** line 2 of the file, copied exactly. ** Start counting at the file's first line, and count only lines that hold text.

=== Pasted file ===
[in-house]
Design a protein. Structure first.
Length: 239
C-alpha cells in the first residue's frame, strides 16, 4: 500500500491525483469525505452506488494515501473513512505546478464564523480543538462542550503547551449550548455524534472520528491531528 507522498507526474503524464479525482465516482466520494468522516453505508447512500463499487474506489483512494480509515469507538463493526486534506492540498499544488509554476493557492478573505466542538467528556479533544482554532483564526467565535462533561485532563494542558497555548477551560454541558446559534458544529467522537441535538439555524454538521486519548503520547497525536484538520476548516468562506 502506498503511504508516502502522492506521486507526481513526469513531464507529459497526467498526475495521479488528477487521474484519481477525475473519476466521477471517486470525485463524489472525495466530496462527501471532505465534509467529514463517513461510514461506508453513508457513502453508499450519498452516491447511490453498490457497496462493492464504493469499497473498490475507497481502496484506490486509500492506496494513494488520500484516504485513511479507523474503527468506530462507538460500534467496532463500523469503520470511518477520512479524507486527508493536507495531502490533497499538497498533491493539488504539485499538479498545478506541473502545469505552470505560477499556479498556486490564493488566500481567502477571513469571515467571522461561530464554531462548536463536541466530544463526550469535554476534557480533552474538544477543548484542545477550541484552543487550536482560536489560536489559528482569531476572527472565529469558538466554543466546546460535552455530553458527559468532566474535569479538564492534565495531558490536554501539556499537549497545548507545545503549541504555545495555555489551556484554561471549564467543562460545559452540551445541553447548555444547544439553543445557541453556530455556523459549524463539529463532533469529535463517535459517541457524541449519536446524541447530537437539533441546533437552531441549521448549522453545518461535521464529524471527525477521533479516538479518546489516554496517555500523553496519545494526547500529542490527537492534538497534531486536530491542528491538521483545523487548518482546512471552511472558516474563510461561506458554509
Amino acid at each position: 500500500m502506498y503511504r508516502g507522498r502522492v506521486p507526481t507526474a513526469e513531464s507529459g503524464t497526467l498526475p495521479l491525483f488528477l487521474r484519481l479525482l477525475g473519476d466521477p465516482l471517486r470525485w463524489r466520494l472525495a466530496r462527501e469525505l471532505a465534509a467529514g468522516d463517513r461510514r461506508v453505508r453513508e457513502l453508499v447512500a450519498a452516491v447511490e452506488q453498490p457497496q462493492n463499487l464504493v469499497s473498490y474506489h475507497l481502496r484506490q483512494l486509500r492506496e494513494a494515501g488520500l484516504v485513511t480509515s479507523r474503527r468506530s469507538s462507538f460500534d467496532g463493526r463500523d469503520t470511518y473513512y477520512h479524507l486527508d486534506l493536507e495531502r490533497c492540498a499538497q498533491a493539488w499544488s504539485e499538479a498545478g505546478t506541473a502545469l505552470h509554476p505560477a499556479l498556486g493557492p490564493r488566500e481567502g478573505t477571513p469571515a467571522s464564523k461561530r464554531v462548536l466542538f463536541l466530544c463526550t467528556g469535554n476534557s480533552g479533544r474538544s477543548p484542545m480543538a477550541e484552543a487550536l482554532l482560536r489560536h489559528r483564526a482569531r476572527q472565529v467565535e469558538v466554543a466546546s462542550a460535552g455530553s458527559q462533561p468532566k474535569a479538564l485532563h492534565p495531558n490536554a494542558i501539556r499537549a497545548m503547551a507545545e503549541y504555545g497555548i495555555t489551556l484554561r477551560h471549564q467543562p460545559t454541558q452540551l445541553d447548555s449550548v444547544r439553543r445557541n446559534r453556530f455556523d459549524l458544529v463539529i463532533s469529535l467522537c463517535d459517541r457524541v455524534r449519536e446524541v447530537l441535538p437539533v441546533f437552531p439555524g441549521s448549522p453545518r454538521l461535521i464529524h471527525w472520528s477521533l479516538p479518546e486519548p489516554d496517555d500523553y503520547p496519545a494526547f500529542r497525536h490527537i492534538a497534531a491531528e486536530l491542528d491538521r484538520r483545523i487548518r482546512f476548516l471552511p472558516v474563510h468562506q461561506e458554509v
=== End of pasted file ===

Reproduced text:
Design a protein. Structure first.